My last anxiety attack, and my first one (only ever had three) were in the first half of my four months of no sleep, three years ago.

I did the march, I couldn’t not. My friend I spent the night with had my backpack at his house, and my current primary support network was right there in the parade. So, I marched. At the end, where the celebrations were, I told my friends that I needed to be with them in some quiet spot for a little bit. We ended up sitting for close to two hours before I was okay to move around again. After that, the day went well.

The fallout has been beyond imagination.

The disassociation I experienced with the risperidone had far reaching effects. I’m still working on putting all the pieces together of what changed and what I lost and what needs finding again. I found one of those pieces at Pride last weekend and I never knew I’d lost it.

The anxiety attacks I had three years ago were paired with a heightened general anxiety due to lack of sleep and lack of control over my general life situation. But, they were isolated.

The anxiety attack I had last weekend opened a door in my mind to realizing what anxiety actually feels like. That door stayed open and I realized that I live my life on a daily basis just sitting at the edge of anxiety.

I’ve spent the last week trying to work through it and process why I’m feeling the way I’m feeling. Certainly, I shouldn’t feel anxious about getting on a bus, something I do 4-10 times a day every day, but this week has taught me that I do. One of my coping mechanisms, one of my ways of processing things, is to have conversations. I will end up having the same conversation over and over and over again until I’ve completely exhausted all the people I can confide in so I can try to deconstruct everything that happened and everything that I’m feeling. I’ve spent my week in conversations.

Which brings me to this weekend and some of my big eye-openers about why I feel the way I feel.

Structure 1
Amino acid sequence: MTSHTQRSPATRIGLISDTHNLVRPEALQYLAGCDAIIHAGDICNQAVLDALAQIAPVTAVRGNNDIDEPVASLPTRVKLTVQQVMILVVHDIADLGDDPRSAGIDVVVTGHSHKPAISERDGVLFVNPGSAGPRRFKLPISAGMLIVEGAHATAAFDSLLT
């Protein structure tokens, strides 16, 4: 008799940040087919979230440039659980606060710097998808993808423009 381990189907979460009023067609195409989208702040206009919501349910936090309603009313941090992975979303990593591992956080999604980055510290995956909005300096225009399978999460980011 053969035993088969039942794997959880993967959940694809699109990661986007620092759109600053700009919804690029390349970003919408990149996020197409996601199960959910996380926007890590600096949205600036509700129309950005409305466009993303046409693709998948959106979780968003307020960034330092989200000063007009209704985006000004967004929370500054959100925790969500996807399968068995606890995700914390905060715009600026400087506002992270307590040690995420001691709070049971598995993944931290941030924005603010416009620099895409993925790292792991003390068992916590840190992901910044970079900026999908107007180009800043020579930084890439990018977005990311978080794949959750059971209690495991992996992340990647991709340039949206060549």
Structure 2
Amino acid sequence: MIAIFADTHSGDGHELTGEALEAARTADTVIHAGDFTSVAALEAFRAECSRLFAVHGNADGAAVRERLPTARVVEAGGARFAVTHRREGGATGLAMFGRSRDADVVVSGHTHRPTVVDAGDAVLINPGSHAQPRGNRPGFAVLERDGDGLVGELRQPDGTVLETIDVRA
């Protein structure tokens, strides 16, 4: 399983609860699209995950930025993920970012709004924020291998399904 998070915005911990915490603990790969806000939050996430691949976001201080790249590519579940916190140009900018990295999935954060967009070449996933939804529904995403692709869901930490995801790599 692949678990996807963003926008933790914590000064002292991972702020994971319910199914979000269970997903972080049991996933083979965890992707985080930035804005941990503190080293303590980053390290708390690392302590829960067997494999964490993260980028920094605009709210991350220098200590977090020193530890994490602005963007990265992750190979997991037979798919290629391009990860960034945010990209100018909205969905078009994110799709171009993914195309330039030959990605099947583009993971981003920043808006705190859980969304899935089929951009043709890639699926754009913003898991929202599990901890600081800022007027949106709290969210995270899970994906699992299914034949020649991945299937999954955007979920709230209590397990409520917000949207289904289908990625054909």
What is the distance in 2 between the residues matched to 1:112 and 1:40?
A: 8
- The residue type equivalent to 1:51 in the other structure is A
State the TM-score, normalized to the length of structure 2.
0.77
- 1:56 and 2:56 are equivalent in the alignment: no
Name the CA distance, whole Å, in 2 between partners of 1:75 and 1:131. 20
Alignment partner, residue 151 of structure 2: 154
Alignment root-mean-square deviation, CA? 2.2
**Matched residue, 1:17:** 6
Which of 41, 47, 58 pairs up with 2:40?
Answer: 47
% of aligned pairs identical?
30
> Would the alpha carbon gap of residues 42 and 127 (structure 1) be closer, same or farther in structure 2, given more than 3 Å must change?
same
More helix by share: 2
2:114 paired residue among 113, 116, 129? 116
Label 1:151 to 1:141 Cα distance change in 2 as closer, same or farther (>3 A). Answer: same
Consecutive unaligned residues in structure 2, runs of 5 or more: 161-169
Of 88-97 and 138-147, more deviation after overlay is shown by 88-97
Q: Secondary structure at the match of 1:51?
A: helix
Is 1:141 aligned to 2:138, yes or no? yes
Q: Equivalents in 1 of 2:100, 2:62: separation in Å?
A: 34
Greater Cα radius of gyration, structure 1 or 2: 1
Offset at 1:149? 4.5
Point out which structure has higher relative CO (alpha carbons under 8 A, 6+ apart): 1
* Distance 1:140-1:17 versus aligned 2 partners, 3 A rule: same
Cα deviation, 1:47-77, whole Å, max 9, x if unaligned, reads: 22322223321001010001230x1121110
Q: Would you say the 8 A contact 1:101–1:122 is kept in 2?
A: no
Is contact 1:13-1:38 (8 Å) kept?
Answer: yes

On Thursday, I went to dinner with a friend. We had initially bonded over some awkward experiences with one of our mutual friends, but are working on expanding our friendship beyond that. Our conversation inevitably moved to the trauma of our lives. I ended up sharing one story that I’ve only told a handful of people. When I did, he told me that he knew immediately that was why I was having issues spending the night at someone’s house. After he and I parted ways, I shared the same story with my safe person that I marched with (the one I made the phone call to). He told me that he knew I was a victim of sexual violence, but didn’t want to pry. On Friday, I spent some time with the safe friend, his girlfriend, and another friend of ours. They convinced me to spend the night at the safe friend’s house so I could go do some construction work with the girlfriend and other friend in the morning. They seemed to think it would help. On the way to pick up my stuff, I told the other friend (who was giving me a ride to my house then to my safe friend’s house) the same story I’d told the first two friends on Thursday. They told me some of the ways that they did their healing and suggested a program for me to investigate to help work through what happened. If you’re not following, that’s three people in two days I told about this thing that happened. This morning, I woke up at my safe friend’s house and went to do the construction work. I lasted until noon before I had to say I was done and we all trooped home.

Four Years Ago (read at discretion)

Four years ago, I was living in an abusive situation. I was a live-in nanny for a family that did not have a healthy dynamic. They took advantage of me and my time. I was accused of not being honest about my experience and skills. I was manipulated into agreeing to stay multiple times when I tried to quit. I was so emotionally exhausted that there were several points that I broke down to tears in the middle of the day. As an escape, I rode my bike and I went to the local pub. In just 7.5 months of owning that bicycle, I put over 3,000km on it and wore the tires almost bare. I was a well-known regular at the pub and expected almost nightly from 7pm until 2 or 3 in the morning. I became friends with a very diverse group of people including a music producer, an engineer-turned-cook, and one of the local Italian Mob Bosses. I was also friends with some younger people who didn’t come nearly as regularly as I did.